Have You Met My Sister?
The Lost Loves of Elizabeth Peabody
O BY ALIDA ORZECHOWSKI
On a rainy morning in early May, in the small back parlor of 13 West Street, Boston, a wedding was about to take place. It would be the second wedding for the Peabody family in less than a year, and while 38-year-old Elizabeth could certainly claim an intimate relationship with each of the handsome grooms, she would be bride to neither. Five weeks before, in March of 1843, tall, silver-haired Horace Mann had proposed to Elizabeth’s younger sister Mary, who immediately accepted. She had, after all, been patiently awaiting Horace for ten years - since the day they met. Upon seeing his smile for the very first time in 1832, Mary wrote that she was “riveted” by Mann and, “I felt the glow permeate every fibre & vein. I knew nothing more till I was seated by the window in my own apartment…. Here was 40
| Winter 2019
life and something to do…. to make that smile perpetual.” At the same time, Mary correctly sensed that she should probably keep these rather astonishing feelings to herself at the moment, for Horace was in absolutely no state to return Mary’s instant ardor. He had only recently lost his young wife, Charlotte, who had died of consumption less than two years into the marriage (and was likely pregnant with their first child). She was nursed by her tender husband right up to the end. The loss staggered and broke Mann so completely that friends describe watching his dark hair turn completely white in a matter of weeks. While both sisters were inexorably drawn to the intense sadness that was Horace Mann, Elizabeth, perhaps, had more in common with him, and Mary was nervously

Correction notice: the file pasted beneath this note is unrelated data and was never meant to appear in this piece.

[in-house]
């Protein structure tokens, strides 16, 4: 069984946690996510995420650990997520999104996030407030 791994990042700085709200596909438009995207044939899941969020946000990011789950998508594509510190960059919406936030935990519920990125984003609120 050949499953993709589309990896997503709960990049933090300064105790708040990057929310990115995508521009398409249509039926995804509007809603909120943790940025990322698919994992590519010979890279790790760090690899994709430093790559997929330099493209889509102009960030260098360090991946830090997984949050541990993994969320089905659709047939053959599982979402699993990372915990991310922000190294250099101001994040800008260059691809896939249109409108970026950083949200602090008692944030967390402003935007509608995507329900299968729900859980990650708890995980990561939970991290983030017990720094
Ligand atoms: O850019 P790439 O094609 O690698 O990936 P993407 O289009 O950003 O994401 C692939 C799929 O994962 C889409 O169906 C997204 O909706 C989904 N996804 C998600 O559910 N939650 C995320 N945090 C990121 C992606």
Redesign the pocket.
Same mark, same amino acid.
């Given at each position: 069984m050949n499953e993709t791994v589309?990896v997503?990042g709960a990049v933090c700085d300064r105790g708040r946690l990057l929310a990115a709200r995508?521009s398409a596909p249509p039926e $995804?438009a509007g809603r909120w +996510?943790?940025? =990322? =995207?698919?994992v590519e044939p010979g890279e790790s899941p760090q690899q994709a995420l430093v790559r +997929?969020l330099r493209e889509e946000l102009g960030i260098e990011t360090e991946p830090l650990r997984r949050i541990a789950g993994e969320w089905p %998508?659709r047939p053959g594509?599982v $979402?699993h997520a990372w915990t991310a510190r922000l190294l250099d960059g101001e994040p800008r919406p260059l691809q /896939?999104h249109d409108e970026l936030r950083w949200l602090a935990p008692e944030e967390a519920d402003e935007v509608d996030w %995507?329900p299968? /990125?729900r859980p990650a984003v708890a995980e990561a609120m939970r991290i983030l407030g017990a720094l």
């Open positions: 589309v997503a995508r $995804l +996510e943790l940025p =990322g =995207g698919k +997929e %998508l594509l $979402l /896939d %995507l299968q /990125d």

aware of this. The elder sister’s fiery intellect and ability to converse endlessly on nearly any subject meant she often commanded Mann’s full attention, even in larger social settings with other women present. Mary worried to herself at having to watch the two “hold metaphysical arguments long enough to exhaust all common minds” and at their “talk, talk, talk, ad infinitum”. Nor would it have soothed Mary’s nerves while she was unavoidably far away in Cuba, to receive a letter from Elizabeth in which she describes a private visit from Horace and how he “took both my hands—and drew me for one moment absolutely in his arms.” Two years later it was still unclear to everyone involved if Horace Mann’s heart would ever mend, or whether it would ultimately lean towards Mary or Elizabeth.